prerandomization baseline and after 16 weeks of one of the
             following treatments: usual medical care; UC plus supervised
             aerobic EX for 35 minutes, 3 times per week; UC plus weekly
             1.5-hour sessions of SM training.The EX and SM groups
             exhibited greater improvements in systolic BP dipping
             (P=.052) and diastolic BP dipping (P=.031) compared with UC.
             Postintervention systolic BP percent-dipping means were
             12.9% (SE=1.5) for SM, 11.1% (SE=1.4) for EX, and 8.6%
             (SE=1.4) for UC. Postintervention diastolic BP
             percent-dipping means were 13.3% (SE=1.9) for SM, 14.1%
             (SE=1.8) for EX, and 8.8% (1.8) for UC.For patients with
             stable CHD, EX or SM training resulted in improved nighttime
             BP dipping compared with usual medical care. These favorable
             effects of healthy lifestyle modifications may help reduce
             the risk of adverse clinical events.},
   Doi = {10.1016/j.ahj.2016.10.011},
   Key = {fds329489}
}

@article{fds329490,
   Author = {Sherwood, A and Blumenthal, JA and Koch, GG and Hoffman, BM and Watkins,
             LL and Smith, PJ and O'Connor, CM and Adams, KF and Rogers, JG and Sueta,
             C and Chang, PP and Johnson, KS and Schwartz, J and Hinderliter,
             AL},
   Title = {Effects of Coping Skills Training on Quality of Life,
             Disease Biomarkers, and Clinical Outcomes in Patients With
             Heart Failure: A Randomized Clinical Trial.},
   Journal = {Circulation. Heart Failure},
   Volume = {10},
   Number = {1},
   Year = {2017},
   Month = {January},
   url = {http://dx.doi.org/10.1161/CIRCHEARTFAILURE.116.003410},
   Abstract = {Heart failure (HF) is a chronic disease that compromises
             patients' quality of life (QoL). Interventions designed to
             reduce distress and improve disease self-management are
             needed. We evaluated the efficacy of a telephone-based
             coping skills training (CST) intervention.This randomized
             clinical trial involved 180 HF outpatients with reduced
             ejection fraction. Participants ranged in age from 29 to 87
             years (mean=58 years); 27% were women, and 47% were
             nonwhite. Participants were randomized to either a CST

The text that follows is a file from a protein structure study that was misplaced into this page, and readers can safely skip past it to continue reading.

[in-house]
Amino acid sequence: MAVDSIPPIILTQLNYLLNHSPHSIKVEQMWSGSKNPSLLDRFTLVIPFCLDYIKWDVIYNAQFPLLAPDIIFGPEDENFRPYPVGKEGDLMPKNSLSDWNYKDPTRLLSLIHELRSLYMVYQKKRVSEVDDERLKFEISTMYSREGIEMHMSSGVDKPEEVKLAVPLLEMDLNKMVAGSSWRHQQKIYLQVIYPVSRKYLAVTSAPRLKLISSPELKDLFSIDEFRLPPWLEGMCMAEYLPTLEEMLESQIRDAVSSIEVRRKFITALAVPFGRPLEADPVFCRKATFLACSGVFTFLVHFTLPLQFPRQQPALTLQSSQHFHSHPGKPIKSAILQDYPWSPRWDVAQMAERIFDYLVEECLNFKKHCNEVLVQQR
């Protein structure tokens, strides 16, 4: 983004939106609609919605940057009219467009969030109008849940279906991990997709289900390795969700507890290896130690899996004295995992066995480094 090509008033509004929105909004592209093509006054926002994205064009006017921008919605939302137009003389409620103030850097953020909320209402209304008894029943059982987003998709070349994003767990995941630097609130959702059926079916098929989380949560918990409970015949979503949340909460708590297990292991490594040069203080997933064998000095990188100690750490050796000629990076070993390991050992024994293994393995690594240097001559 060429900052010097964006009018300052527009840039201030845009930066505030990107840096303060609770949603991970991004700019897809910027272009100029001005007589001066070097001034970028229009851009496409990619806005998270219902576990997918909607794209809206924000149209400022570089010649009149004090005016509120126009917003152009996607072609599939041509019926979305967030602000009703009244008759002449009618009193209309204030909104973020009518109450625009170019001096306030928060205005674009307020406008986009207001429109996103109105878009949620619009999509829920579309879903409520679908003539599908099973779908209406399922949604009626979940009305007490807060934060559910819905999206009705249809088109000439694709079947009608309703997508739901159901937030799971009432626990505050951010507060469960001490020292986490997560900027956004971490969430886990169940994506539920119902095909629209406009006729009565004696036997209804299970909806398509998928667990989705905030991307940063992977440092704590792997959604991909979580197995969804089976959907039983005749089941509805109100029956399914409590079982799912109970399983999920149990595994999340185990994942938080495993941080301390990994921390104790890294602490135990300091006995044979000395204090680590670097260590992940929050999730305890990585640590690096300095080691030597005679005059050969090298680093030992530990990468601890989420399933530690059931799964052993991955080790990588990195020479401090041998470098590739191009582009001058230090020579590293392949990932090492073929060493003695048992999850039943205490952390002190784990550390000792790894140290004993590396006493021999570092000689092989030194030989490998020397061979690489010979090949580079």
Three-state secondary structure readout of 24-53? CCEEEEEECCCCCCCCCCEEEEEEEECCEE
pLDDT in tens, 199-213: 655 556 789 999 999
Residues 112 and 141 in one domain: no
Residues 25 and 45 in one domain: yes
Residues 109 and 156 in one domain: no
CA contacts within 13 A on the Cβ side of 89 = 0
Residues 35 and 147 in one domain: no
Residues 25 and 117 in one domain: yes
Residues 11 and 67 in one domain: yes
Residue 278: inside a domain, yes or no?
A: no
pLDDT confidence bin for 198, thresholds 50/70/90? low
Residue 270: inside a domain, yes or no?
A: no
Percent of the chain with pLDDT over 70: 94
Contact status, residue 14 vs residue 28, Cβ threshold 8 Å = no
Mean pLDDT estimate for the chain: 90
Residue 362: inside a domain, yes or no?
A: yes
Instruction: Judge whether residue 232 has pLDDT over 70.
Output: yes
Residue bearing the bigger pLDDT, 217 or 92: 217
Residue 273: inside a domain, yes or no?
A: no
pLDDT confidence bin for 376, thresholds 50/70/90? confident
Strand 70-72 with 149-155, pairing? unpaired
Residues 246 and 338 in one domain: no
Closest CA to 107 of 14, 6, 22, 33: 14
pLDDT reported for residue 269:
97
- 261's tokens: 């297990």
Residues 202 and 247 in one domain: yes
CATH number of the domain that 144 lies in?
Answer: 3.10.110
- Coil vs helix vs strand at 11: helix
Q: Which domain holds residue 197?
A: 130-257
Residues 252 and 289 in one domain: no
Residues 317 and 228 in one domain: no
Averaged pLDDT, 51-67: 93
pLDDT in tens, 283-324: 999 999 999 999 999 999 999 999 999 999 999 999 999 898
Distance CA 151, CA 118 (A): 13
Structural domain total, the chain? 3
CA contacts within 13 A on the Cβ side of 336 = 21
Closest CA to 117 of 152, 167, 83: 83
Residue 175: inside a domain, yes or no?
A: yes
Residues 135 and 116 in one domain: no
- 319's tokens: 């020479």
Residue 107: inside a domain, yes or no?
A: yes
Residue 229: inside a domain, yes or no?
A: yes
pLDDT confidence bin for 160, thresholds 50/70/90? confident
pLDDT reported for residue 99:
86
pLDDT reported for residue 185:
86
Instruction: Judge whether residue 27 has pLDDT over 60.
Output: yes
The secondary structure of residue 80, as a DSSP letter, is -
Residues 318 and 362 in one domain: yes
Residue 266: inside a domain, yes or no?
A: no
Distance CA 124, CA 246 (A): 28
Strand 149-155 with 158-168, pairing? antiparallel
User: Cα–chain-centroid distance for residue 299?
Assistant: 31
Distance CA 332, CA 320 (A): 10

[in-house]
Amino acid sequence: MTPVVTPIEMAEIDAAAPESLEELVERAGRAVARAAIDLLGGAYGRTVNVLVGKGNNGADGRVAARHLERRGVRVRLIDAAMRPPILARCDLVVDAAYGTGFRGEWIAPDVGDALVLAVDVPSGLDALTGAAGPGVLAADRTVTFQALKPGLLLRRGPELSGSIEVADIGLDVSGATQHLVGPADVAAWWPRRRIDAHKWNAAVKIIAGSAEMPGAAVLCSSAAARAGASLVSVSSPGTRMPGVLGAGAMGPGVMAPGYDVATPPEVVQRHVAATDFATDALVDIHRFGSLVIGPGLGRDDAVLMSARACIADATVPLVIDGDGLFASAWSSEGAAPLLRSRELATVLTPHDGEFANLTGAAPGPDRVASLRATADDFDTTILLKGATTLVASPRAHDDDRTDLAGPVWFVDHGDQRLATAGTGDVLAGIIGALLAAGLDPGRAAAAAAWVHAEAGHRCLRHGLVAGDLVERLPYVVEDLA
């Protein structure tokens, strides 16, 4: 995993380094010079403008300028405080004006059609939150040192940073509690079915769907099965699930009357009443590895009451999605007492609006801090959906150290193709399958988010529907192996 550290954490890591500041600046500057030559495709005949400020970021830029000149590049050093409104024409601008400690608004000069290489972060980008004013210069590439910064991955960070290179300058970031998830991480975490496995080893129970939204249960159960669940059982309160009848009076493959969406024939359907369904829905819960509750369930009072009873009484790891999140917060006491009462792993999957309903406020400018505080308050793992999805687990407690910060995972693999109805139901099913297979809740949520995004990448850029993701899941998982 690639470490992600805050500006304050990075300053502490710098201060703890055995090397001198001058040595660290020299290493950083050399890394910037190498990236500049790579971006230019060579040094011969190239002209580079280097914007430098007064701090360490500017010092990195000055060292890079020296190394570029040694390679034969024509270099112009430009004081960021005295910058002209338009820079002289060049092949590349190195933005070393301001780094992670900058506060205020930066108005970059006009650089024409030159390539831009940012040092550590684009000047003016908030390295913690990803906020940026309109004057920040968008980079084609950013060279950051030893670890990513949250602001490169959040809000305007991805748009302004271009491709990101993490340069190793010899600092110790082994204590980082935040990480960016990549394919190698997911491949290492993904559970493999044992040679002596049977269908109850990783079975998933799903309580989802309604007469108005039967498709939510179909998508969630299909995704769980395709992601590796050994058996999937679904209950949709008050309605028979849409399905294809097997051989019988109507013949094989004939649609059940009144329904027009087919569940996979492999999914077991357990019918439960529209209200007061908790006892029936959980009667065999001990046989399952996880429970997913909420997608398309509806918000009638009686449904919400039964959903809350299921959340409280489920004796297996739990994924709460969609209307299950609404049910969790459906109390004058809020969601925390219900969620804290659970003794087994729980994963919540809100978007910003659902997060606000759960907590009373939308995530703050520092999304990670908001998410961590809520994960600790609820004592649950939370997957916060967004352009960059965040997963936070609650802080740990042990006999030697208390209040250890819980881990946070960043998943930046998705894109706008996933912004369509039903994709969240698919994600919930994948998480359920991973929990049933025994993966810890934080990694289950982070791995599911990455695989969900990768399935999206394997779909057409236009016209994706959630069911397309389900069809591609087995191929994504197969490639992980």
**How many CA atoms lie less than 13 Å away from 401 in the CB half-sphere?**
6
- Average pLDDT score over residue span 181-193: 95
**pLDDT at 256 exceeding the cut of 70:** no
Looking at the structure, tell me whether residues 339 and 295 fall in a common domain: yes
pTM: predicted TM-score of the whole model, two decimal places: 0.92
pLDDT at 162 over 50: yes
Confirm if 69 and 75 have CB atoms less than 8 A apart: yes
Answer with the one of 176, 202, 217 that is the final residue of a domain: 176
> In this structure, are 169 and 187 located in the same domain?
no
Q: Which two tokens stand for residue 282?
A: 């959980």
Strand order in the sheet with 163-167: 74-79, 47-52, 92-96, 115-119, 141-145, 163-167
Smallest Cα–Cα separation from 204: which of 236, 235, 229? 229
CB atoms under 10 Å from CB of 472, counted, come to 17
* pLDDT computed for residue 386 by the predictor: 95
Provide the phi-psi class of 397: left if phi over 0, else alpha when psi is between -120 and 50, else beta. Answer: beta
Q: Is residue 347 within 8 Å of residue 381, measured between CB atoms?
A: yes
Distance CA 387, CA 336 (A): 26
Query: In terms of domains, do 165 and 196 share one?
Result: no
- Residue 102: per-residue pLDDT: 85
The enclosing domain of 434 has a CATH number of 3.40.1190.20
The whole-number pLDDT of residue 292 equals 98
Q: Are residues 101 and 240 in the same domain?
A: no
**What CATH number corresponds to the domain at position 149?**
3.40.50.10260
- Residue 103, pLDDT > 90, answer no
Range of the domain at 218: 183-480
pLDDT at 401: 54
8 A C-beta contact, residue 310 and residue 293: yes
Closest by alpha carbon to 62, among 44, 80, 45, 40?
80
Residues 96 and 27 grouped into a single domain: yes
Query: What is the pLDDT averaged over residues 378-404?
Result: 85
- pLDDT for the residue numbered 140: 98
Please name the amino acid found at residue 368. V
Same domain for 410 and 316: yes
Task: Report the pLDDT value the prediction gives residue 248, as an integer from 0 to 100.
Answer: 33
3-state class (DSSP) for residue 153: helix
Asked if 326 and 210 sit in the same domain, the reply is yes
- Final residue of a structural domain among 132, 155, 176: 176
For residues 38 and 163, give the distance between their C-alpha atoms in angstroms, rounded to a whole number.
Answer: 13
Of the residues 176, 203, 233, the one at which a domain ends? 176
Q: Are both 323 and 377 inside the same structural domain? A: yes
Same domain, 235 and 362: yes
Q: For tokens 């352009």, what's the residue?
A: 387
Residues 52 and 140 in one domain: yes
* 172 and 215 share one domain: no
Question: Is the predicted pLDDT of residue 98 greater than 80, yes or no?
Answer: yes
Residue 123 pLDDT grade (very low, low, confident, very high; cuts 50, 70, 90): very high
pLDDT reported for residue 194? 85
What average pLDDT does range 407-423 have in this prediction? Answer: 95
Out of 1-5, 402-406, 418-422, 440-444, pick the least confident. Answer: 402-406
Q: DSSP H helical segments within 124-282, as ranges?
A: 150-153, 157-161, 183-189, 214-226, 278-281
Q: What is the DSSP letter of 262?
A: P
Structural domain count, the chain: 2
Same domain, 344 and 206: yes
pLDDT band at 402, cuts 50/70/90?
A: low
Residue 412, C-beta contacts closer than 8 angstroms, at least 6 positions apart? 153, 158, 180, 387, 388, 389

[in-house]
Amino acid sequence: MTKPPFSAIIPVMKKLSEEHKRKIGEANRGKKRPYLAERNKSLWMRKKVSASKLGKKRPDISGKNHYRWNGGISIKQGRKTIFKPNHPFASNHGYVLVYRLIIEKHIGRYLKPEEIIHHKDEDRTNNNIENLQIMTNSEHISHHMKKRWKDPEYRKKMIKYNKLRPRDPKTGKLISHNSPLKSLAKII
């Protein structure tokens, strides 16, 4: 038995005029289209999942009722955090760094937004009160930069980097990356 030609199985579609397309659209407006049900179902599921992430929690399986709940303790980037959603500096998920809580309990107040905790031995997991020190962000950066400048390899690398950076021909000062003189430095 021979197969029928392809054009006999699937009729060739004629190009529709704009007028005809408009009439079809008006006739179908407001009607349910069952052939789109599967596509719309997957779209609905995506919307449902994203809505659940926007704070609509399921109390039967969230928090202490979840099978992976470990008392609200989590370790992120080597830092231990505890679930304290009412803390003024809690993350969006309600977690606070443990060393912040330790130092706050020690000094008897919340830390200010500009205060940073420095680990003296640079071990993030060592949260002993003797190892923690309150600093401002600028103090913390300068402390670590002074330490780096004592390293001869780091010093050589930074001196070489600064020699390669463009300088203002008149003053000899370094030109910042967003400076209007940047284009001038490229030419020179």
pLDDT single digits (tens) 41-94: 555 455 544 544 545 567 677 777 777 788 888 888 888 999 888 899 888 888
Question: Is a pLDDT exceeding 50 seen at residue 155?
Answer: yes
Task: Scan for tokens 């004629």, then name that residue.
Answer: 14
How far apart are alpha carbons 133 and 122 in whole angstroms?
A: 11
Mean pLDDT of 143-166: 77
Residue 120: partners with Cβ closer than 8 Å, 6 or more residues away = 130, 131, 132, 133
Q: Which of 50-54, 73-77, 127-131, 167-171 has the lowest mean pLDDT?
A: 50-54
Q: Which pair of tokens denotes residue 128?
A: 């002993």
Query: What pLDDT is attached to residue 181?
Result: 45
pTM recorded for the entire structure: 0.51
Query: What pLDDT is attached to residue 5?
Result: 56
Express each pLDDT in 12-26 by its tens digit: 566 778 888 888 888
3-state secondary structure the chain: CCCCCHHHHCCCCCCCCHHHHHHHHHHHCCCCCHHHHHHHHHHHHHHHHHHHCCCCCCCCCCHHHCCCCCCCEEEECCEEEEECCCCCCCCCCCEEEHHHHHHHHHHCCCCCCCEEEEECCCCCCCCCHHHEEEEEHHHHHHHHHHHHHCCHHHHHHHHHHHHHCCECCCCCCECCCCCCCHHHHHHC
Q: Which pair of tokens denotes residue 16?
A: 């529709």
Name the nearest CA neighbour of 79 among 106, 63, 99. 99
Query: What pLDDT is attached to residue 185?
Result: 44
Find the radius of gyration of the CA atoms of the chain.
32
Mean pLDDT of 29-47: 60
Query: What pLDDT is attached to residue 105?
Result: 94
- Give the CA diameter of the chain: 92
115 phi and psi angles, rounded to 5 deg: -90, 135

intervention or heart failure education, both delivered over
             16 weeks. The primary outcomes were (1) postintervention
             effects on QoL and HF disease biomarkers (both with
             α=0.01), and (2) a composite measure of time to death or
             first hospitalization (with α=0.03) over a median follow-up
             period of 3 years. CST resulted in greater improvements in
             QoL compared with heart failure education (P<0.01),
             including the Kansas City Cardiomyopathy Questionnaire
             (P=0.009), depressive symptoms (P=0.027), and the 6-minute
             walk test (P=0.012). However, it did not differentially
             improve HF disease biomarkers or reduce risk of all-cause
             hospitalizations or death (hazard ratio=0.84 [95% confidence
             interval, 0.59-1.12]). Interestingly, exploratory analyses
             showed that participants randomized to CST experienced a
             reduction in the composite end point of worsening HF
             hospitalization or death during the 3-year follow-up period
             (hazard ratio=0.65 [95% confidence interval, 0.44-0.98];
             P=0.040).CST improved QoL in patients with HF. Monitoring
             and improving QoL is emerging as an important aspect of the
             clinical management of HF that can reduce disease burden and
             may help improve clinical outcomes in this vulnerable
             patient population.URL: https://www.clinicaltrials.gov.
             Unique identifier: NCT00873418.},
   Doi = {10.1161/CIRCHEARTFAILURE.116.003410},
   Key = {fds329490}
}


%% Bonner, Melanie J.   
@article{fds336054,
   Author = {Anderson, LM and Leonard, S and Jonassaint, J and Lunyera, J and Bonner,
             M and Shah, N},
   Title = {Mobile health intervention for youth with sickle cell
             disease: Impact on adherence, disease knowledge, and quality
             of life},
   Journal = {Pediatric Blood & Cancer},
   Volume = {65},
   Number = {8},
   Pages = {e27081-e27081},
   Year = {2018},
   Month = {August},
   url = {http://dx.doi.org/10.1002/pbc.27081},
   Doi = {10.1002/pbc.27081},
   Key = {fds336054}
}

@article{fds319600,
   Author = {Allen, TM and Anderson, LM and Rothman, JA and Bonner,
             MJ},
   Title = {[Formula: see text]Executive functioning and health-related
             quality of life in pediatric sickle cell
             disease.},
   Journal = {Child Neuropsychology : a Journal on Normal and Abnormal